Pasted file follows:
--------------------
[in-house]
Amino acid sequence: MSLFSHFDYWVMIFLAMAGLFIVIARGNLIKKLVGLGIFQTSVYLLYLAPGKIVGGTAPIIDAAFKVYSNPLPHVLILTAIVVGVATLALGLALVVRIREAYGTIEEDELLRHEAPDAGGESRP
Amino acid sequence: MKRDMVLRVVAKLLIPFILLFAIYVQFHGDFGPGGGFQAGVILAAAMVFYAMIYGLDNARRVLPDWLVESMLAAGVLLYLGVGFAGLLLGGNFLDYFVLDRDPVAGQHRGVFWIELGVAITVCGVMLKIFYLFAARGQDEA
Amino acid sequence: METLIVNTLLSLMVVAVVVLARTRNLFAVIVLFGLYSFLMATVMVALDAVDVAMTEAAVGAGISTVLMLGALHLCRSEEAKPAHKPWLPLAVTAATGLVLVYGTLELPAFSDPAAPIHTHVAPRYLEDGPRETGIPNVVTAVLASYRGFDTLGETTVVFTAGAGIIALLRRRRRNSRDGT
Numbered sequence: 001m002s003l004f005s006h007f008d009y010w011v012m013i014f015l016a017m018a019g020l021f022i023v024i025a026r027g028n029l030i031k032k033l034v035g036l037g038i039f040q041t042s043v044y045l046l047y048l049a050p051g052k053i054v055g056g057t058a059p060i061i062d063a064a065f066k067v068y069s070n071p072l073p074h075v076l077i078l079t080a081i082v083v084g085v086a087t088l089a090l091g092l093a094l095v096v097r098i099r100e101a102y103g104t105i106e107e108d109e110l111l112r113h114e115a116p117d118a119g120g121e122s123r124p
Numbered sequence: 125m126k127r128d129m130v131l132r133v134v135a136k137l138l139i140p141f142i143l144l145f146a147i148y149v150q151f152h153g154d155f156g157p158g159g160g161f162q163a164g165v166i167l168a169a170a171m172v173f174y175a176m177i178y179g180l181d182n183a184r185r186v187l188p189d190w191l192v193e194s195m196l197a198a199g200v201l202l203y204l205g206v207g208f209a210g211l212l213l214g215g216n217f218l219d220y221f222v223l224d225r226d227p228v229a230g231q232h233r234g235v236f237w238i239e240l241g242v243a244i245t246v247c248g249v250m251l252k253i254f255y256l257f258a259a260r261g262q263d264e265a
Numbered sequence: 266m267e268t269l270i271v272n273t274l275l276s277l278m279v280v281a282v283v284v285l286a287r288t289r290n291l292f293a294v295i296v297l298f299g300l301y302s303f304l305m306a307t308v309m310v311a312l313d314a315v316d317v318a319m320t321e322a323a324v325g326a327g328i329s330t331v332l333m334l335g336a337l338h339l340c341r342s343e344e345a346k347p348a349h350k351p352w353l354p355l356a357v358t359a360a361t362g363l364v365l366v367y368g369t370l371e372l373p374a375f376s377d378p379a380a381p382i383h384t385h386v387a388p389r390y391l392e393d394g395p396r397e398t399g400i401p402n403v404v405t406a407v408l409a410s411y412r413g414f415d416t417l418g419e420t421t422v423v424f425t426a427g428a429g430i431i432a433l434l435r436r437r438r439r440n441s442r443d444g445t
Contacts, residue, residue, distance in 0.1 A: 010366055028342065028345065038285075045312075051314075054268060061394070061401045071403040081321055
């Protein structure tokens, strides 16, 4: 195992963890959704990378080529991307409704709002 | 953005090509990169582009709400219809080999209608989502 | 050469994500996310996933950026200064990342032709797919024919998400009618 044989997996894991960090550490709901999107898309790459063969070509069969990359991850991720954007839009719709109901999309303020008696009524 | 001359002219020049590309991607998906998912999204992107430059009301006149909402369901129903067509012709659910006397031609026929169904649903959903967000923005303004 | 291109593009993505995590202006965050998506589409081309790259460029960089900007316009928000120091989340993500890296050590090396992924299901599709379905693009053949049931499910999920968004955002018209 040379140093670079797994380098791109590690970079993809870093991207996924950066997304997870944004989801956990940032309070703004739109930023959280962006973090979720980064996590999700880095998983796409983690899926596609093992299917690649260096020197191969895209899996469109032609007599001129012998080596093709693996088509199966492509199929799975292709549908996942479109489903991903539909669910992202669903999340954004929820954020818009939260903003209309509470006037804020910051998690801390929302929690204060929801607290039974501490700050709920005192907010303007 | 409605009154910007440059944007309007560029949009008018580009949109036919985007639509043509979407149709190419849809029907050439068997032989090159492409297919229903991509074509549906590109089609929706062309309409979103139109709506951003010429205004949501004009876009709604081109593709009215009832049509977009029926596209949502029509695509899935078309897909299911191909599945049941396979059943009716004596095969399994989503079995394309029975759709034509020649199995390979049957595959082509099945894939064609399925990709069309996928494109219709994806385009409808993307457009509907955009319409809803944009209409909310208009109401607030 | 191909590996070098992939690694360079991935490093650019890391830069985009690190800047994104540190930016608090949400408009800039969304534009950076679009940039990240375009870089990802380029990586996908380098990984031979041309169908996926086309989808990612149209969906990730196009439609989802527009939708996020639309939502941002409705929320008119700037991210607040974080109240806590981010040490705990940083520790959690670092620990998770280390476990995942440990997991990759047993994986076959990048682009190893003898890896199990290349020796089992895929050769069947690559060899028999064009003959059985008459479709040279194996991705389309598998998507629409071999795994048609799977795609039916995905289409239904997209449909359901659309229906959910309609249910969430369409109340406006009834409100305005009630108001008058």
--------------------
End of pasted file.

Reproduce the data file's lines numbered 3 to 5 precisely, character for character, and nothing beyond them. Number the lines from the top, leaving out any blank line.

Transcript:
Amino acid sequence: MKRDMVLRVVAKLLIPFILLFAIYVQFHGDFGPGGGFQAGVILAAAMVFYAMIYGLDNARRVLPDWLVESMLAAGVLLYLGVGFAGLLLGGNFLDYFVLDRDPVAGQHRGVFWIELGVAITVCGVMLKIFYLFAARGQDEA
Amino acid sequence: METLIVNTLLSLMVVAVVVLARTRNLFAVIVLFGLYSFLMATVMVALDAVDVAMTEAAVGAGISTVLMLGALHLCRSEEAKPAHKPWLPLAVTAATGLVLVYGTLELPAFSDPAAPIHTHVAPRYLEDGPRETGIPNVVTAVLASYRGFDTLGETTVVFTAGAGIIALLRRRRRNSRDGT
Numbered sequence: 001m002s003l004f005s006h007f008d009y010w011v012m013i014f015l016a017m018a019g020l021f022i023v024i025a026r027g028n029l030i031k032k033l034v035g036l037g038i039f040q041t042s043v044y045l046l047y048l049a050p051g052k053i054v055g056g057t058a059p060i061i062d063a064a065f066k067v068y069s070n071p072l073p074h075v076l077i078l079t080a081i082v083v084g085v086a087t088l089a090l091g092l093a094l095v096v097r098i099r100e101a102y103g104t105i106e107e108d109e110l111l112r113h114e115a116p117d118a119g120g121e122s123r124p